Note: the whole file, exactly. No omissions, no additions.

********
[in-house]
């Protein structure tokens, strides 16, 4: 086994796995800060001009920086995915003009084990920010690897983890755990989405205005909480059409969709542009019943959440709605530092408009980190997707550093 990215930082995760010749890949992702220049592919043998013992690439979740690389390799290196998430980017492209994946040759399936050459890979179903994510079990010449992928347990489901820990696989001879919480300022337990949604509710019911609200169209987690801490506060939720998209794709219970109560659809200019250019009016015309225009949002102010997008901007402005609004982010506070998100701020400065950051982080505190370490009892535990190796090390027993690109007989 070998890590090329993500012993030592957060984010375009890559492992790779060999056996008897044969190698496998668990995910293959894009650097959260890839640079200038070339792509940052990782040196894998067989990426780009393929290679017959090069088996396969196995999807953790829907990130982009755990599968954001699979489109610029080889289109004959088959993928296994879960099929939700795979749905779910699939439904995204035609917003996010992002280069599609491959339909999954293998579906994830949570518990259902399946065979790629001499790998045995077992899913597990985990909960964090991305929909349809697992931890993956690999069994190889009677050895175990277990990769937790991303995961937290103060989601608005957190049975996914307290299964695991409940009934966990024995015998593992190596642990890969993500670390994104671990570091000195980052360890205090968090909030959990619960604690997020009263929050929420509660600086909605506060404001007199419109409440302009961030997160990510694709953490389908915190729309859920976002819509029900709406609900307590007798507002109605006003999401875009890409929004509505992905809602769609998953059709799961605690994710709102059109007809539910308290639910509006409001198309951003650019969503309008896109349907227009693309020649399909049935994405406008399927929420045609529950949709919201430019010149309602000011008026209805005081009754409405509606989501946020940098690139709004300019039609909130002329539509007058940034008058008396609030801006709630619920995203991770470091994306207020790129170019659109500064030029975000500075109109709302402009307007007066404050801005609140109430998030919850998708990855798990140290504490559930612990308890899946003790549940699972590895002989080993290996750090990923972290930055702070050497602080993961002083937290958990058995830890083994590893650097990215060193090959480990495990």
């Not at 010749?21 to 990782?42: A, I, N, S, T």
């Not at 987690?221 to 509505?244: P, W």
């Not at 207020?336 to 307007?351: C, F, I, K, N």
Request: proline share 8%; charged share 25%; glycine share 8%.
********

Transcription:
[in-house]
């Protein structure tokens, strides 16, 4: 086994796995800060001009920086995915003009084990920010690897983890755990989405205005909480059409969709542009019943959440709605530092408009980190997707550093 990215930082995760010749890949992702220049592919043998013992690439979740690389390799290196998430980017492209994946040759399936050459890979179903994510079990010449992928347990489901820990696989001879919480300022337990949604509710019911609200169209987690801490506060939720998209794709219970109560659809200019250019009016015309225009949002102010997008901007402005609004982010506070998100701020400065950051982080505190370490009892535990190796090390027993690109007989 070998890590090329993500012993030592957060984010375009890559492992790779060999056996008897044969190698496998668990995910293959894009650097959260890839640079200038070339792509940052990782040196894998067989990426780009393929290679017959090069088996396969196995999807953790829907990130982009755990599968954001699979489109610029080889289109004959088959993928296994879960099929939700795979749905779910699939439904995204035609917003996010992002280069599609491959339909999954293998579906994830949570518990259902399946065979790629001499790998045995077992899913597990985990909960964090991305929909349809697992931890993956690999069994190889009677050895175990277990990769937790991303995961937290103060989601608005957190049975996914307290299964695991409940009934966990024995015998593992190596642990890969993500670390994104671990570091000195980052360890205090968090909030959990619960604690997020009263929050929420509660600086909605506060404001007199419109409440302009961030997160990510694709953490389908915190729309859920976002819509029900709406609900307590007798507002109605006003999401875009890409929004509505992905809602769609998953059709799961605690994710709102059109007809539910308290639910509006409001198309951003650019969503309008896109349907227009693309020649399909049935994405406008399927929420045609529950949709919201430019010149309602000011008026209805005081009754409405509606989501946020940098690139709004300019039609909130002329539509007058940034008058008396609030801006709630619920995203991770470091994306207020790129170019659109500064030029975000500075109109709302402009307007007066404050801005609140109430998030919850998708990855798990140290504490559930612990308890899946003790549940699972590895002989080993290996750090990923972290930055702070050497602080993961002083937290958990058995830890083994590893650097990215060193090959480990495990």
């Not at 010749?21 to 990782?42: A, I, N, S, T």
């Not at 987690?221 to 509505?244: P, W």
């Not at 207020?336 to 307007?351: C, F, I, K, N």
Request: proline share 8%; charged share 25%; glycine share 8%.